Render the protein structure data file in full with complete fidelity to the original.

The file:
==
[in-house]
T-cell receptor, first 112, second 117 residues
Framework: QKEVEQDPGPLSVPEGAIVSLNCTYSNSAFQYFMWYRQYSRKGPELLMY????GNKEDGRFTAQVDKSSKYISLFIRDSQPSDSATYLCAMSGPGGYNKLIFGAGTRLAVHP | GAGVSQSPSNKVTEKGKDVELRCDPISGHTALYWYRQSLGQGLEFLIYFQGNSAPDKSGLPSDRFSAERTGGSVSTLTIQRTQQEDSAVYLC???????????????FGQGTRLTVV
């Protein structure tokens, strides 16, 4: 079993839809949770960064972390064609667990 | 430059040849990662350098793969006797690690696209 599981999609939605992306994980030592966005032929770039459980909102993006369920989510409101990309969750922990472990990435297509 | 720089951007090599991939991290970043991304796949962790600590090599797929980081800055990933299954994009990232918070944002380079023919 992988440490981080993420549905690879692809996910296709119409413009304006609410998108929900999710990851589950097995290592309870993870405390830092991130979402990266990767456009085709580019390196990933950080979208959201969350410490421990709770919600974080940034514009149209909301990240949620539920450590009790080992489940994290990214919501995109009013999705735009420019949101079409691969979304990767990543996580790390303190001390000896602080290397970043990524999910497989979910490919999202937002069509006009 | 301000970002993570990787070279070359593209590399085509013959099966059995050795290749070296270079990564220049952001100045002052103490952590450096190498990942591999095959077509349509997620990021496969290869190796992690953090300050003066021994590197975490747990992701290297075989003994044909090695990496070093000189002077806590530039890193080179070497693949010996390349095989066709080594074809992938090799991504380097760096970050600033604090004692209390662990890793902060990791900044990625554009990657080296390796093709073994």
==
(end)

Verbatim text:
[in-house]
T-cell receptor, first 112, second 117 residues
Framework: QKEVEQDPGPLSVPEGAIVSLNCTYSNSAFQYFMWYRQYSRKGPELLMY????GNKEDGRFTAQVDKSSKYISLFIRDSQPSDSATYLCAMSGPGGYNKLIFGAGTRLAVHP | GAGVSQSPSNKVTEKGKDVELRCDPISGHTALYWYRQSLGQGLEFLIYFQGNSAPDKSGLPSDRFSAERTGGSVSTLTIQRTQQEDSAVYLC???????????????FGQGTRLTVV
């Protein structure tokens, strides 16, 4: 079993839809949770960064972390064609667990 | 430059040849990662350098793969006797690690696209 599981999609939605992306994980030592966005032929770039459980909102993006369920989510409101990309969750922990472990990435297509 | 720089951007090599991939991290970043991304796949962790600590090599797929980081800055990933299954994009990232918070944002380079023919 992988440490981080993420549905690879692809996910296709119409413009304006609410998108929900999710990851589950097995290592309870993870405390830092991130979402990266990767456009085709580019390196990933950080979208959201969350410490421990709770919600974080940034514009149209909301990240949620539920450590009790080992489940994290990214919501995109009013999705735009420019949101079409691969979304990767990543996580790390303190001390000896602080290397970043990524999910497989979910490919999202937002069509006009 | 301000970002993570990787070279070359593209590399085509013959099966059995050795290749070296270079990564220049952001100045002052103490952590450096190498990942591999095959077509349509997620990021496969290869190796992690953090300050003066021994590197975490747990992701290297075989003994044909090695990496070093000189002077806590530039890193080179070497693949010996390349095989066709080594074809992938090799991504380097760096970050600033604090004692209390662990890793902060990791900044990625554009990657080296390796093709073994």